Tarkovsky's actual second short for VGIK, Segodnya uvolneniya ne budet (There Will Be No Leave Today) (1959), does exist, though it was thought lost for many years, a probable victim of an archival purge at Soviet Central Television, which cofinanced and distributed the 45-minute end result on the anniversary of the German defeat in WWII. (Naum Kleiman, the director of Moscow's Cinema Museum, located the negative in the 1990s.) Tarkovsky once again worked with Alexander Gordon on screenwriting and directing duties. The production had the full support of the Army (understandable given the film's pro-military slant), while the influx of cash from Soviet Central Television allowed for the hiring of professional actors like Oleg Borisov and some impressively large-scale setpieces. In terms of both narrative and tone, the film resembles Henri-Georges Clouzot's classic suspense feature The Wages of Fear (1953) with a dash of Bulgakovian absurdism: After a construction crew unearths 30 tons of unexploded ordnance in a provincial Russian city (forcing a full evacuation), a team of soldiers are assembled to collect the shells, drive them to a secluded field, and detonate them. There are a few story-padding threads, and its clear from the movie's overall triumphalist timbre that Tarkovsky is working within the paramaters of propaganda and patriarchy. Yet he and his collaborators fully exploit the anxiety-inducing possibilities of the scenario. The early scenes are pointedly humorous (it takes several tries for the construction crew head to report the explosive discovery since the apathetic bureaucrat he's trying to reach keeps lifting and immediately dropping the phone receiver). And the tension is expertly built and maintained throughout; it's a mark of Tarkovsky's innate talent that a moment when one of the soldiers suddenly cradles a bomb as if it were a baby doesn't defuse our apprehension, but heightens it. (And still we laugh out loud.) The young director's formal mastery is awe-inspiring. At 27, he already had a full grasp of narrative cinema's potential—the better for him to subsequently reinvent the form in his own inimitable ways.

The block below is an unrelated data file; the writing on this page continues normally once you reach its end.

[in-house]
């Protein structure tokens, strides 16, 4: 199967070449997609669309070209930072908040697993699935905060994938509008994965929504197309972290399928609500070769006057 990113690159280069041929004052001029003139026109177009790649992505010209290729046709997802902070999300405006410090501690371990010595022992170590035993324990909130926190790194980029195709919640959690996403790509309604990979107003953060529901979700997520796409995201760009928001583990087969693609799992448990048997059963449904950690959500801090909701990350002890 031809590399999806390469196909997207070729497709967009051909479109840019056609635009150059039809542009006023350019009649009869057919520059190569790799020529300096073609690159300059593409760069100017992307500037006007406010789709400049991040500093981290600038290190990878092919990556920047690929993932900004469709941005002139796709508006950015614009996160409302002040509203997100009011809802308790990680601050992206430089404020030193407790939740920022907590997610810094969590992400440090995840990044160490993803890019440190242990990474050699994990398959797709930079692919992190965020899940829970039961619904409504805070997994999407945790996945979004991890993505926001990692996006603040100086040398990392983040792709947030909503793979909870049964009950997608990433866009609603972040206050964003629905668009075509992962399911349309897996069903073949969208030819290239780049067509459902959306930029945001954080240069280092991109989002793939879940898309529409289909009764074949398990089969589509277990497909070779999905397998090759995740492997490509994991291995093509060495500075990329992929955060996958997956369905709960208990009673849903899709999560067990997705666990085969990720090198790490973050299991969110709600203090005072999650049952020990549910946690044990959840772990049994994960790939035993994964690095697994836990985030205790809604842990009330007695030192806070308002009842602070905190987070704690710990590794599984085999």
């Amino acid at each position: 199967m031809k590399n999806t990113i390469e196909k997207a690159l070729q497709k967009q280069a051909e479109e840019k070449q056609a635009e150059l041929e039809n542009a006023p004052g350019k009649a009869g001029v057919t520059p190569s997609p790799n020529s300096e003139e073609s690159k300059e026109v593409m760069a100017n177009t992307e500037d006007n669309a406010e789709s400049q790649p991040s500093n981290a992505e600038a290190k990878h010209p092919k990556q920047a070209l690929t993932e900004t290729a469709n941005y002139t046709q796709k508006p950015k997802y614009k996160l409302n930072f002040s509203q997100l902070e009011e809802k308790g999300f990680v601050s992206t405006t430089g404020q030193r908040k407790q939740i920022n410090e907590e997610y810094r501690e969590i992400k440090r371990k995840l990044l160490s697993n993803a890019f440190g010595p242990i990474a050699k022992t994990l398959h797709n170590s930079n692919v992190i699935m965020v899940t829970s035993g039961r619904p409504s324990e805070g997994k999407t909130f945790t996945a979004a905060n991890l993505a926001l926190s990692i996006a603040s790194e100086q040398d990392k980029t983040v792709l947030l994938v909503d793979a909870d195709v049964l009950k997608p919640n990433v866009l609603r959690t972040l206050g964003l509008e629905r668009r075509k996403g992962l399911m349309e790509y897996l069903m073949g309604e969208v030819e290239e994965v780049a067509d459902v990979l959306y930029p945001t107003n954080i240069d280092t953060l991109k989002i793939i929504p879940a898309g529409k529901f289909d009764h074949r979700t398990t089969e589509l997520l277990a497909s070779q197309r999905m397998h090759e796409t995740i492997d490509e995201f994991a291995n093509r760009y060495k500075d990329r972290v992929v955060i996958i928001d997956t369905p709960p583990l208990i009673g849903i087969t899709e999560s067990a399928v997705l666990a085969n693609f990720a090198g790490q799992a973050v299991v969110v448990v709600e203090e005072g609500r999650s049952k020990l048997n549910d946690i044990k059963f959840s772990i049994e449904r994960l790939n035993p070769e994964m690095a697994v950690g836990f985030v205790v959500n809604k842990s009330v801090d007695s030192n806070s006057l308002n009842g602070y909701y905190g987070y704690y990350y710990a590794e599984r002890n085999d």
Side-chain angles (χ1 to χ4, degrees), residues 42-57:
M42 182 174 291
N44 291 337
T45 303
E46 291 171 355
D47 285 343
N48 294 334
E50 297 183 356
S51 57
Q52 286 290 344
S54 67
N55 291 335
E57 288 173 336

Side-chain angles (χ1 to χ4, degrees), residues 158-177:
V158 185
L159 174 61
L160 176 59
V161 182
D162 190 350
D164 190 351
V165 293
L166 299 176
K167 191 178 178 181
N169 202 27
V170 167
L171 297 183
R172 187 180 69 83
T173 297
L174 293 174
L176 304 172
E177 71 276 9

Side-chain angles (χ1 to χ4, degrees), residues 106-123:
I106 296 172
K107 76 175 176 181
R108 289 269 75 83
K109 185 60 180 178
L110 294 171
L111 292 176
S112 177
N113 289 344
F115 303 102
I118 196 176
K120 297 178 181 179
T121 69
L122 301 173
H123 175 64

1 The short story provided the taut opening of Robert Siodmak's stellarly cynical 1946 adaptation-cum-expansion with Burt Lancaster. And Don Siegel would mostly depart from the letter of the source in a down-and-dirty, Lee Marvin-headlining take from 1964, which also boasts Ronald Reagan as a misogynist heavy with a slicked-up pompadour and somehow gets the Gipper into the same car with John Cassavetes, Angie Dickinson and Three's Company's Norman Fell.
2 According to the supplements on the Criterion DVD set of the Siodmak/Siegel films, on which the student short is included as an extra, it was Tarkovsky's idea to include this popular song from 1952, likely because it "was widely regarded as a symbol of freedom."
- Gianvito, John, ed. Andrei Tarkovsky: Interviews (Conversations with Filmmakers Series). Jackson, Mississippi, U Press of Mississippi, 2006. (Amazon) (Google) (University Press of Mississippi)
Video and Audio
- The Criterion Collection page for The Killers on which the Tarkovsky short Ubiytsy (1956) is a supplement.